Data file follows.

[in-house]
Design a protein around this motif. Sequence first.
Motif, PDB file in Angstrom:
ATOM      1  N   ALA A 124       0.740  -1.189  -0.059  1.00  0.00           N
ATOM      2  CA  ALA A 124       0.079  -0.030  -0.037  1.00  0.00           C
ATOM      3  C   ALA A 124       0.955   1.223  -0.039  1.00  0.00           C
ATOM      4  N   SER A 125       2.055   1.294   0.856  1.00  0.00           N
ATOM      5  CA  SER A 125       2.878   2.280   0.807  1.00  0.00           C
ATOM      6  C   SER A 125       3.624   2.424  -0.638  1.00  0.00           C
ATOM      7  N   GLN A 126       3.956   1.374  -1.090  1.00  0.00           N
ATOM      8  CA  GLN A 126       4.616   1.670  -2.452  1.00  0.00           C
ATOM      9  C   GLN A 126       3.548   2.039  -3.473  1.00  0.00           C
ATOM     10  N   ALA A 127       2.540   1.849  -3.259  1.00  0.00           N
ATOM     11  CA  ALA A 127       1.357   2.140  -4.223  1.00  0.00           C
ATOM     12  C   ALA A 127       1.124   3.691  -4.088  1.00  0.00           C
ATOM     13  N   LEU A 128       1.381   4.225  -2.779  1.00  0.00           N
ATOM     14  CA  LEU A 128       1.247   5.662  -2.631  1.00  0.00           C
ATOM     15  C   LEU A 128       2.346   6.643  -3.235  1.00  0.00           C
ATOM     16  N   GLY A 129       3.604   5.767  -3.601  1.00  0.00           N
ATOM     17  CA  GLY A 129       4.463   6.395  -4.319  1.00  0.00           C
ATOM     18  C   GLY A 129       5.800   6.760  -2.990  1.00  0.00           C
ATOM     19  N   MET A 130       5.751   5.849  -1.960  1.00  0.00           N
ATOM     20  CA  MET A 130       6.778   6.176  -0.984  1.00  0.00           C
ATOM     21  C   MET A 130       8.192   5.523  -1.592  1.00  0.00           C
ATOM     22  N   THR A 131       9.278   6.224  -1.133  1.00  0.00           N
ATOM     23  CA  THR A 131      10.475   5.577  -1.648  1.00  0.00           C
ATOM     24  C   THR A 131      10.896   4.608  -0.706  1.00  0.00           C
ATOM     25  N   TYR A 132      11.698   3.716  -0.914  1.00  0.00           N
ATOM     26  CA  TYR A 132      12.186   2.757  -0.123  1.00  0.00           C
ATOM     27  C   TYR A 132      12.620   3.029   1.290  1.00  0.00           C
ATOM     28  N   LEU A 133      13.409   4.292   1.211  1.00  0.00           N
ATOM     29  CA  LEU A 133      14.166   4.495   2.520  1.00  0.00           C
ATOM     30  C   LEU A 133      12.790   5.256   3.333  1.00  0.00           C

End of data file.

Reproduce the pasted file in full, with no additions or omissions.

[in-house]
Design a protein around this motif. Sequence first.
Motif, PDB file in Angstrom:
ATOM      1  N   ALA A 124       0.740  -1.189  -0.059  1.00  0.00           N
ATOM      2  CA  ALA A 124       0.079  -0.030  -0.037  1.00  0.00           C
ATOM      3  C   ALA A 124       0.955   1.223  -0.039  1.00  0.00           C
ATOM      4  N   SER A 125       2.055   1.294   0.856  1.00  0.00           N
ATOM      5  CA  SER A 125       2.878   2.280   0.807  1.00  0.00           C
ATOM      6  C   SER A 125       3.624   2.424  -0.638  1.00  0.00           C
ATOM      7  N   GLN A 126       3.956   1.374  -1.090  1.00  0.00           N
ATOM      8  CA  GLN A 126       4.616   1.670  -2.452  1.00  0.00           C
ATOM      9  C   GLN A 126       3.548   2.039  -3.473  1.00  0.00           C
ATOM     10  N   ALA A 127       2.540   1.849  -3.259  1.00  0.00           N
ATOM     11  CA  ALA A 127       1.357   2.140  -4.223  1.00  0.00           C
ATOM     12  C   ALA A 127       1.124   3.691  -4.088  1.00  0.00           C
ATOM     13  N   LEU A 128       1.381   4.225  -2.779  1.00  0.00           N
ATOM     14  CA  LEU A 128       1.247   5.662  -2.631  1.00  0.00           C
ATOM     15  C   LEU A 128       2.346   6.643  -3.235  1.00  0.00           C
ATOM     16  N   GLY A 129       3.604   5.767  -3.601  1.00  0.00           N
ATOM     17  CA  GLY A 129       4.463   6.395  -4.319  1.00  0.00           C
ATOM     18  C   GLY A 129       5.800   6.760  -2.990  1.00  0.00           C
ATOM     19  N   MET A 130       5.751   5.849  -1.960  1.00  0.00           N
ATOM     20  CA  MET A 130       6.778   6.176  -0.984  1.00  0.00           C
ATOM     21  C   MET A 130       8.192   5.523  -1.592  1.00  0.00           C
ATOM     22  N   THR A 131       9.278   6.224  -1.133  1.00  0.00           N
ATOM     23  CA  THR A 131      10.475   5.577  -1.648  1.00  0.00           C
ATOM     24  C   THR A 131      10.896   4.608  -0.706  1.00  0.00           C
ATOM     25  N   TYR A 132      11.698   3.716  -0.914  1.00  0.00           N
ATOM     26  CA  TYR A 132      12.186   2.757  -0.123  1.00  0.00           C
ATOM     27  C   TYR A 132      12.620   3.029   1.290  1.00  0.00           C
ATOM     28  N   LEU A 133      13.409   4.292   1.211  1.00  0.00           N
ATOM     29  CA  LEU A 133      14.166   4.495   2.520  1.00  0.00           C
ATOM     30  C   LEU A 133      12.790   5.256   3.333  1.00  0.00           C